Former gifted child syndrome
December 12, 2022
Did you plow through three fantasy novels a week when you were 12 years old, but now can’t stay focused on one textbook reading for longer than a few minutes? Do you immediately quit every hobby that you don’t ace first try? Do you just never feel smart anymore? Congratulations, you may be suffering from FGCD—“Former gifted child syndrome.” (You may be entitled to emotional compensation.)
The term “former gifted child syndrome” is not a medically recognized condition, but rather a term coined and popularized online by alumni of youth gifted learning programs—also known as former gifted kids. The “syndrome” refers to the long-lasting sequelae of adolescent academic pressure, such as burnout, impostor syndrome and horrendous work habits. By virtue of their giftedness, the range of tasks that are perceived as ‘“effortless’” is broader for gifted children, which is why their ADHD may be less apparent than in children who struggle more obviously and to lesser effect. — National Research Center for the Gifted and Talented
By virtue of their giftedness, the range of tasks that are perceived as ‘“effortless’” is broader for gifted children, which is why their ADHD may be less apparent than in children who struggle more obviously and to lesser effect.
— National Research Center for the Gifted and Talented
And that’s not even mentioning the buy-one-get-five-free package of mental health disorders that go undiagnosed in many FGC due to their intelligence. A monograph from the National Research Center for the Gifted and Talented states that “by virtue of their giftedness, the range of tasks that are perceived as ‘“effortless’” is broader for gifted children, which is why their ADHD may be less apparent than in children who struggle more obviously and to lesser effect.”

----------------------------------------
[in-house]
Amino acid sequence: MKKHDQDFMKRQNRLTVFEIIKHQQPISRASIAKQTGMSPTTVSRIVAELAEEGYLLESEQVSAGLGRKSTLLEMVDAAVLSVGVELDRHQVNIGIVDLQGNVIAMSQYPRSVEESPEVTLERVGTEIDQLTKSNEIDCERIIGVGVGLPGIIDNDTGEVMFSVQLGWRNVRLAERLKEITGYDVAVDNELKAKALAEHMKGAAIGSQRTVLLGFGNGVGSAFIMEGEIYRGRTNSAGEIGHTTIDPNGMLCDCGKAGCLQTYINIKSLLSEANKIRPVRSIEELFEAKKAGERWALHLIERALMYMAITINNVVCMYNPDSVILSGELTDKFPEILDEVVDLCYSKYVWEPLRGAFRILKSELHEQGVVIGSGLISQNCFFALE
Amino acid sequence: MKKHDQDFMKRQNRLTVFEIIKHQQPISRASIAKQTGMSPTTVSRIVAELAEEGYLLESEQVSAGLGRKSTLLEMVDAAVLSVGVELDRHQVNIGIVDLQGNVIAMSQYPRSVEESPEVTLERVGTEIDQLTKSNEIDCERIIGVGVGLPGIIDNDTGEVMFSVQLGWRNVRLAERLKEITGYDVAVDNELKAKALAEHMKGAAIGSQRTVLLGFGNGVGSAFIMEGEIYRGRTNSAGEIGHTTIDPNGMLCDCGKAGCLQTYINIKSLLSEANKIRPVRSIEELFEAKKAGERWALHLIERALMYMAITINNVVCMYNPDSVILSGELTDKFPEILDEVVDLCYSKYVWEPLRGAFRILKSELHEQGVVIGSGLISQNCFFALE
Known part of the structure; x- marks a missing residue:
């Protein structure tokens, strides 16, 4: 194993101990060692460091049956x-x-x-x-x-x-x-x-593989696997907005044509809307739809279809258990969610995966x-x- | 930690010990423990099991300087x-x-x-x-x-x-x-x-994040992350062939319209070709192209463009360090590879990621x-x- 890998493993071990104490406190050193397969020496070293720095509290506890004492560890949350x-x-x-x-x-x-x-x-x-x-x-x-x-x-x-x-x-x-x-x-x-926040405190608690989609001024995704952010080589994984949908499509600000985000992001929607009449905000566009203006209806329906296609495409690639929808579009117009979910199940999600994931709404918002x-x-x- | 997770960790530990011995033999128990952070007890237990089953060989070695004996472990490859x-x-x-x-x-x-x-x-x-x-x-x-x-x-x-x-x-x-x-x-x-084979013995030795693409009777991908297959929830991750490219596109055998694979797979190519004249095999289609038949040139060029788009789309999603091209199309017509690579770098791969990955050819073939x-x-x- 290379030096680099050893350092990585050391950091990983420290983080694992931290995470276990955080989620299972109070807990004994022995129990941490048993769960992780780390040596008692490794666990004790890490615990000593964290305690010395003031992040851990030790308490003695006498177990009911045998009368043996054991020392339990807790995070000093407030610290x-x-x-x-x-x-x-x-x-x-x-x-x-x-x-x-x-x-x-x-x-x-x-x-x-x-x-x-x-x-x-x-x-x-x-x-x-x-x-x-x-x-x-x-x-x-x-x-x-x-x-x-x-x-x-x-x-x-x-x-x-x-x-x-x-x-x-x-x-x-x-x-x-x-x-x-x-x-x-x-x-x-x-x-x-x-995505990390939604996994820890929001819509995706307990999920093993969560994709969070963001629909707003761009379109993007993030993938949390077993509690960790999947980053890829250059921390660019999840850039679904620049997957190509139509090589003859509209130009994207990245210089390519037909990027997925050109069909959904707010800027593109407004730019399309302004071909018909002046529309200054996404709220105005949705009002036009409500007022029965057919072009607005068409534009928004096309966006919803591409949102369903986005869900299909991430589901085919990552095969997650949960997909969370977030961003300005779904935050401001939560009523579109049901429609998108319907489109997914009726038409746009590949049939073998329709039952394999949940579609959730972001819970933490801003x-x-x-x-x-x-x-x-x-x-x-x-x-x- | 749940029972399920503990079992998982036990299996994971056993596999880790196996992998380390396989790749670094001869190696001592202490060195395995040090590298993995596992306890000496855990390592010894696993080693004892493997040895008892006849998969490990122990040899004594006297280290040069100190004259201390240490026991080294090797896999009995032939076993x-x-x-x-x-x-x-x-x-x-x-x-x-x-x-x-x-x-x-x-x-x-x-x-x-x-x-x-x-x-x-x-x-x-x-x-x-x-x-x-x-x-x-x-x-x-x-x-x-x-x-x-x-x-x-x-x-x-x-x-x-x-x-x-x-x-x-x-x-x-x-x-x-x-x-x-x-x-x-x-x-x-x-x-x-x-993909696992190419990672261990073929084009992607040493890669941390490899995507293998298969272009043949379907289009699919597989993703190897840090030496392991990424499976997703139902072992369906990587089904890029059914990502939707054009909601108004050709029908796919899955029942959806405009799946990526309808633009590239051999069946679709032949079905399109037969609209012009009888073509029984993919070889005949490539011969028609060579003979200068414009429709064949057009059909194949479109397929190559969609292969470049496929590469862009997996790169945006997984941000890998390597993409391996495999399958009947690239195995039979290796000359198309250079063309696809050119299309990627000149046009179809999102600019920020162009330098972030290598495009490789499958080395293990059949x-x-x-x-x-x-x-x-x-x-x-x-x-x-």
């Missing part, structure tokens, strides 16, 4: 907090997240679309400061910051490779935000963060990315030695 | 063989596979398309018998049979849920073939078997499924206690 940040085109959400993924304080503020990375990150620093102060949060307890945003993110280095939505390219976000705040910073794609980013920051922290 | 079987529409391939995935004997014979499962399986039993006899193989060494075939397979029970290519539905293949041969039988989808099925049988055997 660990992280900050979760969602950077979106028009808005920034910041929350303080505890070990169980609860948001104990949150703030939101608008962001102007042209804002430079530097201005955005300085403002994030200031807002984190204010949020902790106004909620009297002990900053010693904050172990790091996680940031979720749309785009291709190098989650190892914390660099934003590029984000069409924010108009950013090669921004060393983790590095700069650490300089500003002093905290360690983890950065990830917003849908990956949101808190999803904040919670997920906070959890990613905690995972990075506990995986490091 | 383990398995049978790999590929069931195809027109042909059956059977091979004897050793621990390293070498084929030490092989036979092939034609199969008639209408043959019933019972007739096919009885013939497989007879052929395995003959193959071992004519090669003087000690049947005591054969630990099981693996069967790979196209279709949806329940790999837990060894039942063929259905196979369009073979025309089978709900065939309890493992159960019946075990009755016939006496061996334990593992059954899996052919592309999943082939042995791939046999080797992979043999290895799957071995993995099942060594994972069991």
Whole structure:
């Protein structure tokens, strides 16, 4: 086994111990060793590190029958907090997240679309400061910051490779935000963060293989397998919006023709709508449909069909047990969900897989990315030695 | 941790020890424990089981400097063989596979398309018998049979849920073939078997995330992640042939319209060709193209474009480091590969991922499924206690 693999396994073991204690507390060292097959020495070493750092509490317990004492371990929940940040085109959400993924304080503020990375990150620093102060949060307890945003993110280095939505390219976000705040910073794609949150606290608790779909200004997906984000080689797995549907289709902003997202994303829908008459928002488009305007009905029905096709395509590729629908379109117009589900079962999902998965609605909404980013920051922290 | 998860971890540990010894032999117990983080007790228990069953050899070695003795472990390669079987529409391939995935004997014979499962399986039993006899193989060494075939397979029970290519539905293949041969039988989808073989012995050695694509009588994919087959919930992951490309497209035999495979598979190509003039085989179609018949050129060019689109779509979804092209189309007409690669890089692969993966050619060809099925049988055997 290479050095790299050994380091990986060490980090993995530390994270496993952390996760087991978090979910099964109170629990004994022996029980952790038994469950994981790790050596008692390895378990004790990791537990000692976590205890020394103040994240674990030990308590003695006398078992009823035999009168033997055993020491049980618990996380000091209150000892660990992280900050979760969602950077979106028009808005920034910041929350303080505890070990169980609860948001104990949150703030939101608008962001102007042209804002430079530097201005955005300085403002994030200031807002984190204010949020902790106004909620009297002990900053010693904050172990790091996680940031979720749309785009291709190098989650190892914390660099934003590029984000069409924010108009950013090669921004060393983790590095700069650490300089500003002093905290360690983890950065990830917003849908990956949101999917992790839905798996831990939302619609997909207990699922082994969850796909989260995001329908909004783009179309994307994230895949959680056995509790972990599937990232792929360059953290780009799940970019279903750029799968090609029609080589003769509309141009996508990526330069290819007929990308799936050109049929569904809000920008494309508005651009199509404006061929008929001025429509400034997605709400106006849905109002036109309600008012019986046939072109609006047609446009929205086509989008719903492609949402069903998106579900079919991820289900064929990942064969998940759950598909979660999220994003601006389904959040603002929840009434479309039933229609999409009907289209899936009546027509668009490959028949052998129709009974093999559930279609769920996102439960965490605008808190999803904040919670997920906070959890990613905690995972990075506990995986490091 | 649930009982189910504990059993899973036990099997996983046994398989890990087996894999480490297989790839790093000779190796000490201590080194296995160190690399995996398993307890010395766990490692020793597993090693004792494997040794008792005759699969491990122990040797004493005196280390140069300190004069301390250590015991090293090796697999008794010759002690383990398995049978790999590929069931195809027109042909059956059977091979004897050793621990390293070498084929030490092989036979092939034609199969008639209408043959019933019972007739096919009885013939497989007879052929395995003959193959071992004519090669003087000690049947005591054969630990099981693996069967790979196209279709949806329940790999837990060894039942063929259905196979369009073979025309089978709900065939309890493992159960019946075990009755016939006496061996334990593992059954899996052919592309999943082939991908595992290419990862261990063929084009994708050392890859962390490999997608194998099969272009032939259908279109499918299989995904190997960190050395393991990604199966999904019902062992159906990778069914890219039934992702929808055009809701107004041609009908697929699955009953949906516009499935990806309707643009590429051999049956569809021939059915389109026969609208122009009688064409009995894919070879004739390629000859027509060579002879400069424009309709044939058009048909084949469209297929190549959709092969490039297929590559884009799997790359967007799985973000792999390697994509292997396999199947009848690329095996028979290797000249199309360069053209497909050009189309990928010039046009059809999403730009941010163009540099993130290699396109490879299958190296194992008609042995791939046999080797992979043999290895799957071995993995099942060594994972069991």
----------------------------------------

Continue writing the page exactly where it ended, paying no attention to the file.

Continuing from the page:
In Irvine, an overwhelming number of FGC were enrolled in IUSD’s Alternative Program for Academically Advanced Students, more commonly referred to as APAAS. APAAS is a gifted program offered to students from fourth to sixth grade who meet the application criteria, which includes multiple standardized tests and a writing sample. It gathers qualifying students from all over the district and groups them together into special, separated classrooms, offered at Brywood, Deerfield, Eastshore, Santiago Hills, Turtle Rock and Westpark Elementary Schools.
APAAS delivers on one promise: As per IUSD, APAAS students receive an advanced, more challenging education to “meet the needs of a unique population of highly intellectual learners who consistently prefer creative outlets to demonstrate their understanding of content.”
“The program aims to serve students who are intent on pursuing their interests and enjoy academic challenges,” IUSD Director of Advanced Learning & Differentiation Lauren Sipelis said. “Students are best served in this environment if they appreciate unique and novel learning, as well as open ended group projects.”